“In the real world of unregulated markets, successful players get larger and in many instances use the resulting economic power to drive or buy out weaker players to gain control of ever larger shares of the market. In other instances “competitors” collude through cartels or strategic alliances to increase profits by setting market prices above the level of optimal efficiency. The larger individual and more collusive market players become, the more difficult it is for newcomers and small independent firms to survive, the more monopolistic and less competitive the market becomes, and the more political power the biggest firms wield behind demands for concessions from governments that allow them to externalize ever more of their costs to the community,” writes David C. Korten.

AdamSmithREgulationAdam Smith again said it best, defying the stereotypes and cliched images of him.

“When the regulation, therefore, is in support of the workman, it is always just and equitable; but it is sometimes otherwise when in favor of the masters.”

He saw a tacit conspiracy on the part of employers “always and everywhere” to keep wages as low as possible.

Does that sound like the guy who you were taught believed only in dog-eat-dog?  Or that only billionaires are “job-creators”?

No wonder today’s “libertarians” — all-too caught up in the hallucinatory web spun by Rand and Rothbard and by Koch-financed “think tanks” like Heritage and Cato — never refer anymore to the “Fist Liberal” and the founder of true libertarianism.  Because Adam Smith would remind them that the real foe of enterprise has — for 6000 years — been owner-oligarchy and monopoly.  The very forces that are rigging our elections and subsidizing propaganda that has driven a third of our neighbors crazy, re-igniting the American Civil War.  So crazy, they proclaim that only government bureaucrats can harm capitalism, enterprise or freedom.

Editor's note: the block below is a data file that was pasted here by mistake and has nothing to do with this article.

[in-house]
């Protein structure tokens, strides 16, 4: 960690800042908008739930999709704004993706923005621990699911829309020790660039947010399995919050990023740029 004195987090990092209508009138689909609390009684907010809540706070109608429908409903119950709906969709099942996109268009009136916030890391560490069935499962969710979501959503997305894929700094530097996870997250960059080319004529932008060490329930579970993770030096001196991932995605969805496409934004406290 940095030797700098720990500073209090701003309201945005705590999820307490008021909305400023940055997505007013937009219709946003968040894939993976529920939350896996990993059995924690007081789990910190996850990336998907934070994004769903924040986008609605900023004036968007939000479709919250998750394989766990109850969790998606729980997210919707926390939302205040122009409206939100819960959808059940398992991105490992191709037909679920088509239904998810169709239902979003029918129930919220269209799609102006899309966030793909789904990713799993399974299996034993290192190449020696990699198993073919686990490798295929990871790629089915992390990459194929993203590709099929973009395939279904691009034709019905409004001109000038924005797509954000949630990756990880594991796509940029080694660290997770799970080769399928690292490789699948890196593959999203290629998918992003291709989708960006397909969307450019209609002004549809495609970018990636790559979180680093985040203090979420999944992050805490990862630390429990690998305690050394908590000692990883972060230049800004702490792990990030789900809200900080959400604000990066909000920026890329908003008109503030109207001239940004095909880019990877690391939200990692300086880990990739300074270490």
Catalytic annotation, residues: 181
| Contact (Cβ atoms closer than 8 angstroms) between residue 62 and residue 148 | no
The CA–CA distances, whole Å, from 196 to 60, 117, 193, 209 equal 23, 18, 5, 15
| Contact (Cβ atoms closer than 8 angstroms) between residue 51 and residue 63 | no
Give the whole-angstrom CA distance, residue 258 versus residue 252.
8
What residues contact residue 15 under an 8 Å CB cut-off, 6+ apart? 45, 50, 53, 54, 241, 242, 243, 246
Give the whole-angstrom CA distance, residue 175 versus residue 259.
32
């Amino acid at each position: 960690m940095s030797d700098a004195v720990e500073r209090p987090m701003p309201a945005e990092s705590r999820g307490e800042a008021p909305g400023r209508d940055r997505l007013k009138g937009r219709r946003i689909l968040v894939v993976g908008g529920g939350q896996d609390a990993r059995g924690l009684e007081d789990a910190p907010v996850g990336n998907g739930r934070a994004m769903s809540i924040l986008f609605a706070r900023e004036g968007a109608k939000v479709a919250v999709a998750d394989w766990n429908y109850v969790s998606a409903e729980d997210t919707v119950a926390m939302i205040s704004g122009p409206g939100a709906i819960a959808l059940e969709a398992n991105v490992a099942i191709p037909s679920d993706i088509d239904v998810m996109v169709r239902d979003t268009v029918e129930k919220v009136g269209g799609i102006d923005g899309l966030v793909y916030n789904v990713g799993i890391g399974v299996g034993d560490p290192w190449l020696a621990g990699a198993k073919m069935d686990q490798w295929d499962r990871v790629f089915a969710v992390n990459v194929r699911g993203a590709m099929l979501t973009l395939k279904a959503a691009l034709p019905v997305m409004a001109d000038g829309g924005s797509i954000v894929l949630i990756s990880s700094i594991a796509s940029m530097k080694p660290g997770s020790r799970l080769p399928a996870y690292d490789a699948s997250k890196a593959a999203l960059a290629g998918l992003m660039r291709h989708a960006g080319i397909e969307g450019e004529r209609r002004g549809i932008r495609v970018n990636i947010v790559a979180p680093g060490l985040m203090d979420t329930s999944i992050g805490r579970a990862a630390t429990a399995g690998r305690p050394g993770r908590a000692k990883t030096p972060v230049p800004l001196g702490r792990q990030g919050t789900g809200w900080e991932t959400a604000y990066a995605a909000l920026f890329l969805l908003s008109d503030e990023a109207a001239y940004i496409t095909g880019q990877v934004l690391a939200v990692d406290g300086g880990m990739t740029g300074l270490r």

Competition(A side note: I dare anyone to attribute my assertions here to a scintilla of leftism! Competition is the great, creative driver of our positive sum markets, science, democracy… It is in defense of those creatively competitive arenas that we must, today, face down a bizarre madness that has taken over the American Right.)

(But hang on till the end of this posting, to when I cite a very high authority on this!)